Beginning with the emancipation of the Negro, the inevitable result of unbridled power exercised for two and a half centuries, by the white man over the Negro, began to show itself in acts of conscienceless outlawry. During the slave regime, the Southern white man owned the Negro body and soul. It was to his interest to dwarf the soul and preserve the body. Vested with unlimited power over his slave, to subject him to any and all kinds of physical punishment, the white man was still restrained from such punishment as tended to injure the slave by abating his physical powers and thereby reducing his financial worth. While slaves were scourged mercilessly, and in countless cases inhumanly treated in other respects, still the white owner rarely permitted his anger to go so far as to take a life, which would entail upon him a loss of several hundred dollars. The slave was rarely killed, he was too valuable; it was easier and quite as effective, for discipline or revenge, to sell him “Down South.”
But Emancipation came and the vested interests of the white man in the Negro’s body were lost. The white man had no right to scourge the emancipated Negro, still less has he a right to kill him. But the Southern white people had been educated so long in that school of practice, in which might makes right, that they disdained to draw strict lines of action in dealing with the Negro. In slave times the Negro was kept subservient and submissive by the frequency and severity of the scourging, but, with freedom, a new system of intimidation came into vogue; the Negro was not only whipped and scourged; he was killed.

The thing about culture is that it often moves in the direction of those with the most power and support. If left alone and unchecked, it becomes the practical and accepted social law, which is why there is a history of laws being created to support previous laws that guarantee Black citizens their rights. Until there are immediate consequences for shooting Black citizens, this practice of shoot first, ask later and get off, will continue. If we really want to see change there needs to be power and support for that change in the form of swift action. Imagine if, for example, that Officer Shelby and others that have killed unarmed Black citizens in the line of duty, were immediately removed from the scene and placed in a holding cell pending a formal investigation, instead of being able to wait it out in the comfort and solidarity of their families and friends. If those were the consequences for death at the hands of law enforcement, across the board, maybe Terence Crutcher and other victims would still be alive to see another day instead of their families filing wrongful death lawsuits.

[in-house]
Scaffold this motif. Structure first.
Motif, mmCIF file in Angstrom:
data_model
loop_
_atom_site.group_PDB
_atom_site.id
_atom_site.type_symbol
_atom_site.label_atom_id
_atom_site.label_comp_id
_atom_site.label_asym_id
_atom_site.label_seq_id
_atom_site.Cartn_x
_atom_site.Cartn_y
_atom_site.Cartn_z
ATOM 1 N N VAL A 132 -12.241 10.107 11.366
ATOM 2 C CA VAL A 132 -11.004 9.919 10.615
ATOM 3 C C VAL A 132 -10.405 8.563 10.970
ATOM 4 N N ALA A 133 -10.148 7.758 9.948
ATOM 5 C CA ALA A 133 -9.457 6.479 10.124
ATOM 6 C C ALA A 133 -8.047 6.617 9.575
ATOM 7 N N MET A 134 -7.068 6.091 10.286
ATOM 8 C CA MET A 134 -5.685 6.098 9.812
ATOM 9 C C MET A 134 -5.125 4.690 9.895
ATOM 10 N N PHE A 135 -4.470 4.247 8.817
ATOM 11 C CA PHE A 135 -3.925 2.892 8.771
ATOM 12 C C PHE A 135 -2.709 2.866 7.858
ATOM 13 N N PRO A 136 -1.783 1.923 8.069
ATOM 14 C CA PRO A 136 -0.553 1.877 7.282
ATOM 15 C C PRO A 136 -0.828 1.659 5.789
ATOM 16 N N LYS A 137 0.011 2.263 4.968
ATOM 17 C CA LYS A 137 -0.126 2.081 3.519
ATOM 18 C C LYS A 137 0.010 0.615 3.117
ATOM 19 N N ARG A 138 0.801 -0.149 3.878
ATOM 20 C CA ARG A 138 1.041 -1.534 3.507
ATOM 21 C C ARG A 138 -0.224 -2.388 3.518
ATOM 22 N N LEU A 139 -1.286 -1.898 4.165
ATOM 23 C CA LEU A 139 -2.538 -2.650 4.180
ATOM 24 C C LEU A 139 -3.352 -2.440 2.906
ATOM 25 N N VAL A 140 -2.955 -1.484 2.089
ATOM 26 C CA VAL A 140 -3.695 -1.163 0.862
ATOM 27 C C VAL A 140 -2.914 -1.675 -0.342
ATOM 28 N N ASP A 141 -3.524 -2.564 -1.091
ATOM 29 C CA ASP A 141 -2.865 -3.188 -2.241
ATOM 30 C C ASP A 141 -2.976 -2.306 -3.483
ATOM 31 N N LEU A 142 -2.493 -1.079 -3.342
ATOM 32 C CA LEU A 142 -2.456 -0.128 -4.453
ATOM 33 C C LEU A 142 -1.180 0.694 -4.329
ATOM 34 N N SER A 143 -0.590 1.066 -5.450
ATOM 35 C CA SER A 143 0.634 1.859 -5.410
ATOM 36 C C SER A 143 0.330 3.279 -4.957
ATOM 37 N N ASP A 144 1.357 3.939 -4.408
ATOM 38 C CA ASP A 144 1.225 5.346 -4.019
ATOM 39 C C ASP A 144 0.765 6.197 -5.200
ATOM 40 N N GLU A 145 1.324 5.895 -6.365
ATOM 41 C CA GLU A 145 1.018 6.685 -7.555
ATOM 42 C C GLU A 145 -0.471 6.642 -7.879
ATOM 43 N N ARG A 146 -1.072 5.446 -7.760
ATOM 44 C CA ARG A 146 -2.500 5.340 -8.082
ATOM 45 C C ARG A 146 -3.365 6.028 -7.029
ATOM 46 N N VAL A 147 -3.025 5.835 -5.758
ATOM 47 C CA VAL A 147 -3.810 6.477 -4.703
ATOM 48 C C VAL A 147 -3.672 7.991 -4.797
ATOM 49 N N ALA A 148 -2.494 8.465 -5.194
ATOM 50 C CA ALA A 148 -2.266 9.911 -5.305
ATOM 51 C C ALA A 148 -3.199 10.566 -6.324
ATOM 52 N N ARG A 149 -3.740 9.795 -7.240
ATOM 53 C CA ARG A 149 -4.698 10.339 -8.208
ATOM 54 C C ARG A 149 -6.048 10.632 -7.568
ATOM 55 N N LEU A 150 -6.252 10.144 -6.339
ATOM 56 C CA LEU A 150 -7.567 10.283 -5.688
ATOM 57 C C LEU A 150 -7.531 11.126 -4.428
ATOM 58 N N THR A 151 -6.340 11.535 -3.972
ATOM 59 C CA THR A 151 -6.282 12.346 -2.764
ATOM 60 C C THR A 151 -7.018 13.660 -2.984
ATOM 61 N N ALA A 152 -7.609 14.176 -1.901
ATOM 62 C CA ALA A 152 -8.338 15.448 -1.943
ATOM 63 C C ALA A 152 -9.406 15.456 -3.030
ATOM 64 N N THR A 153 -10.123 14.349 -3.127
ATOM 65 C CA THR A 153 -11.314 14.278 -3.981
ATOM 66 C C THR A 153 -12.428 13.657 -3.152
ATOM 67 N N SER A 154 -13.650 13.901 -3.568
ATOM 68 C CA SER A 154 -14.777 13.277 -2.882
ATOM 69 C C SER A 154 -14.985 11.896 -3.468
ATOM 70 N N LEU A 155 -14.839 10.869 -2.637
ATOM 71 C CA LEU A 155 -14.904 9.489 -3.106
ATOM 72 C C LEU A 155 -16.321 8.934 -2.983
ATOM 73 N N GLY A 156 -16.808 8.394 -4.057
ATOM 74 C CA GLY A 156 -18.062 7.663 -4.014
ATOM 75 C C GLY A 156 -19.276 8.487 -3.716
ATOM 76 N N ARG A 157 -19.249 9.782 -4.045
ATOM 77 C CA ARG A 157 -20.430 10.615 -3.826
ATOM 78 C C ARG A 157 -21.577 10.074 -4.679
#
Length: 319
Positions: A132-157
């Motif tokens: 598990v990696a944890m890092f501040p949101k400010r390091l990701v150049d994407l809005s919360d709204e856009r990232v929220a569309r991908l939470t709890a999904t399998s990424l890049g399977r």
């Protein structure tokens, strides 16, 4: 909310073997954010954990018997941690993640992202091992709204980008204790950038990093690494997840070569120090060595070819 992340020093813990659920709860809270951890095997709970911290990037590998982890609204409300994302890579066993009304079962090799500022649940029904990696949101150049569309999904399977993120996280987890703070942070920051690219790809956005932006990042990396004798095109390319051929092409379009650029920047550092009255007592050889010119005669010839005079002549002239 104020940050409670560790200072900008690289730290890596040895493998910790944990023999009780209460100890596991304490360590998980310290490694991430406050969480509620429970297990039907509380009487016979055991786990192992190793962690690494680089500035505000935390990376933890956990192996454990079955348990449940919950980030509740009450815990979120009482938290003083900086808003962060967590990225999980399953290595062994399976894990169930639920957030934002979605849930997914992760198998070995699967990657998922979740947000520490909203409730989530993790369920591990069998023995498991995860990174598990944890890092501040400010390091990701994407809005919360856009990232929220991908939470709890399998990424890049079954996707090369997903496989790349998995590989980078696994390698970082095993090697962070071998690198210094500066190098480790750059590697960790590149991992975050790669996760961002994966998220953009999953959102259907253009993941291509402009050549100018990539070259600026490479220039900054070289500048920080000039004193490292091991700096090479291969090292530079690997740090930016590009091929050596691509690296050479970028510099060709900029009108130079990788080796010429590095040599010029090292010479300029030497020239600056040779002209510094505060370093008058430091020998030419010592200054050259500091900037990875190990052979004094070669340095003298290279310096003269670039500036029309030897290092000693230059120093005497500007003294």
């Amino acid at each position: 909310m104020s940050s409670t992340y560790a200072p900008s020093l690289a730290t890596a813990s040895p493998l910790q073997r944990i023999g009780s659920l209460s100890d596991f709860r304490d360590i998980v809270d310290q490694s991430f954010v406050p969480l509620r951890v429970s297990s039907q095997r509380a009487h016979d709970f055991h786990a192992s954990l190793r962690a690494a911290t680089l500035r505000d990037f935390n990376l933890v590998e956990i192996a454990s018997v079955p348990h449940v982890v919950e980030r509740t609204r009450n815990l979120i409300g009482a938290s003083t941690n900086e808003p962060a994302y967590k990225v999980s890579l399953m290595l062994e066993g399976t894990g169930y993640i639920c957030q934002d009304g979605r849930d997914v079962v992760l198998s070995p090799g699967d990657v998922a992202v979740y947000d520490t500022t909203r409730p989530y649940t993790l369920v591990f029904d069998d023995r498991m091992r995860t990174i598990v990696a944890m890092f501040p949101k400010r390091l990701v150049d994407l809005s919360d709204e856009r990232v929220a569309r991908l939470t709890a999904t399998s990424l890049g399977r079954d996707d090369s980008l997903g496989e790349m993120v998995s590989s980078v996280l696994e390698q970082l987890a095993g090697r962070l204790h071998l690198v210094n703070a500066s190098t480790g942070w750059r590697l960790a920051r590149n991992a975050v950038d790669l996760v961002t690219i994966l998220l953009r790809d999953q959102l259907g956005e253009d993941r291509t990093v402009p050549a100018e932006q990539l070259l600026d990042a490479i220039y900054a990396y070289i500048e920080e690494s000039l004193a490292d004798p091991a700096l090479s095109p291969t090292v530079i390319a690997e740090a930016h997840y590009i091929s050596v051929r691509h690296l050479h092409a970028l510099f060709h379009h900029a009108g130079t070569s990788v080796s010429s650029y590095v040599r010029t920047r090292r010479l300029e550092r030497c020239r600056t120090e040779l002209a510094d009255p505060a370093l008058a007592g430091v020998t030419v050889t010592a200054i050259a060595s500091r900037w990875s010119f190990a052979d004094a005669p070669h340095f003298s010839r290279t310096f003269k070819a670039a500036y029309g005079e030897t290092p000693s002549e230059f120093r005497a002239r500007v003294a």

Racism is so ingrained in this country’s psyche and existence that it permeates everything that this country stands for, while at the same time, expecting some of its citizens to sit idly by while video after video prove that there needs to be a cultural shift. What many fail to realize is that these continued illogical responses to Black citizens going about daily life endanger the whole of American society because it condones the disposability of human lives simply because ‘that’s the way it’s been done’.

What an absolutely shameful way to have to live.


Risikat “Kat” Okedeyi is a professor of African-American literature and a self-described cultural architect. She is much better at Facebook, but can also be found on Twitter and IG as KatsKornerCo.